wife Maria has the flu. My son does not have an adequate winter coat. We are
hungry, and the heating system does not work properly. Bill collectors are
at the door on a daily basis, and peddlers and beggars dress better and look
healthier than do we. Who better to give a positive, uplifting speech?
"I'll do it!" I shouted.
Well, for the next three weeks I fretted and worried about the speech
I would give. Comrade Fillmorsheim suggested the speech be about the
revolution and, although I was too young to have been in the Bolshevik Army, I sat at
the kitchen table for three weeks allowing positive thought to ferment in my
muddy skull. I held the pencil in eager anticipation of a series of
brilliant thoughts. Occasionally I was distracted by counting the number of times I
broke the tip of the pencil through too much pressure. I thought and thought and
thought the theme through a series of subtle permutations, nuances, and
possible discourses with the result that... Well, why should I try to fool you.
So there I was on the podium. I had to wait through a series of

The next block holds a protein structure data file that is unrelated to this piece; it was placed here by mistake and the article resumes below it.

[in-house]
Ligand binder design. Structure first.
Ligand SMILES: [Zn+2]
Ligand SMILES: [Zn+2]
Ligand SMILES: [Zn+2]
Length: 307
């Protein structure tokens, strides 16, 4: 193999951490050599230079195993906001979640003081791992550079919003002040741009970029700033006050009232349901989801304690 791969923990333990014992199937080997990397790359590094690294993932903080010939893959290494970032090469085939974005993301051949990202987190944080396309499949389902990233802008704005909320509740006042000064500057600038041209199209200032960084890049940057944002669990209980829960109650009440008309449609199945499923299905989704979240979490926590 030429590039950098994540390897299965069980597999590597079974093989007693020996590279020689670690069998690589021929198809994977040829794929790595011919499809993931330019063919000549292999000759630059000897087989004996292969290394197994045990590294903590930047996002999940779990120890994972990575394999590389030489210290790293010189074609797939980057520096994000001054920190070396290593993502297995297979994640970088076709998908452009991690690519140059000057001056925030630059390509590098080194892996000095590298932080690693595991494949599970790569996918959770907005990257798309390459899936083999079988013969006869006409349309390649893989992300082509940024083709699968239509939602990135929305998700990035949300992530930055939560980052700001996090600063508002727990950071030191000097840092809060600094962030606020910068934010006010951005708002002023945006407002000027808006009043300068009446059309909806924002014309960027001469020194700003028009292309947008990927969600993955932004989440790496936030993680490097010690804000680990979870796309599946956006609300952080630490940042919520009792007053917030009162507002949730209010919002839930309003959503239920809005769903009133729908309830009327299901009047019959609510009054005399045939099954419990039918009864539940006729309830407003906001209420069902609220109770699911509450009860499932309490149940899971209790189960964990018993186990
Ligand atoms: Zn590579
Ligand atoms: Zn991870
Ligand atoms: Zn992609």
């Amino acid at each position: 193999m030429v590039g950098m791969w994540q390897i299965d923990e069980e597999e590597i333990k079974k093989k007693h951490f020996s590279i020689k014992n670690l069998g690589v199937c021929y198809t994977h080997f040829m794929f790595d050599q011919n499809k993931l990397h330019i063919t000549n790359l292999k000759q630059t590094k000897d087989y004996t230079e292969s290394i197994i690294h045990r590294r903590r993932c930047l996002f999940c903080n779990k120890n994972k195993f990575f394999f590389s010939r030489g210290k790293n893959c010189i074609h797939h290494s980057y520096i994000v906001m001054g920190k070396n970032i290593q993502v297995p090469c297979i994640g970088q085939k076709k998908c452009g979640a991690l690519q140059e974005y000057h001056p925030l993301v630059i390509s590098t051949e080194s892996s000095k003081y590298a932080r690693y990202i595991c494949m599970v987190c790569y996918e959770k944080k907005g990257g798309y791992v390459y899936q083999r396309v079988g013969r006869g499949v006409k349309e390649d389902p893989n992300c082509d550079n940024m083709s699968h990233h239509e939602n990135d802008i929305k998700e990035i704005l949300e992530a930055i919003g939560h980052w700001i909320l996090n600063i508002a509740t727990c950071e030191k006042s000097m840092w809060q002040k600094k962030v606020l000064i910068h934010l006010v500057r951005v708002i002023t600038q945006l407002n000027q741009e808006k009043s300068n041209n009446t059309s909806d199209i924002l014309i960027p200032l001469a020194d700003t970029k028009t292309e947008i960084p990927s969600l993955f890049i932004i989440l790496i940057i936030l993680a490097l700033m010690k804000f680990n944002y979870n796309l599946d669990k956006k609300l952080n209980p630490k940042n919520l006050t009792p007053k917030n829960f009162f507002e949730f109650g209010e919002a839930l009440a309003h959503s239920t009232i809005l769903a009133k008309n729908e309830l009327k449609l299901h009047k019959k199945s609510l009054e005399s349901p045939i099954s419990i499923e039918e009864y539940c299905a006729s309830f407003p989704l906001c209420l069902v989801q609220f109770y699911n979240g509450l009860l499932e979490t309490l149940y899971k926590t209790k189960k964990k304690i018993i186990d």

laudatory remarks on various Comrades and their participation in the
glorious Revolution. The speakers said so many brilliant things; I could not hope
to match the power of their rhetoric, the persuasiveness of their language, the
beauty of heir narratives. It took everything I had in me not to fall asleep. The
Revolution was This. The Revolution was That. Just to listen, you could
tell these people were speaking in capital letters.
As an honored guest, my seat was directly under the heating vent.
This would have been ideal, except for the draft bearing down my neck. As I sat
through the speakers who preceded me, my back began to ache, my neck
became stiff, my leg fell asleep, my arm grew numb, my head hurt from being
sprayed. My ears, never too good to begin with, were killing me. Now I was in the
perfect mood to deliver an uplifting speech. I thought I had the speech, too.
"Friends," I would begin, "things could be worse." They would applaud.
Then I would conclude with my most uplifting comment, "But they're not!"
Such would be my speech. Short and to the point. But perhaps, I
thought, there was a rule against satire. I better not risk it. Satire,
after all, was surely a sign... an indicator of decrepit capitalism. Capitalism was
surely degrading, declining, delicious, deciduous, decimated, decidedly
decadent, denubial, de-la-croupage, decopralated, defibrulated, decapitated... as
someone speaking before me seemed to be saying repeatedly. These words
having been taken, I decided to play it straight. I decided to stick to the
As my name was being responded to with polite applause, I stood at the
microphone and scanned the audience.
"Friends and Comrades," I said, "I am here to speak about the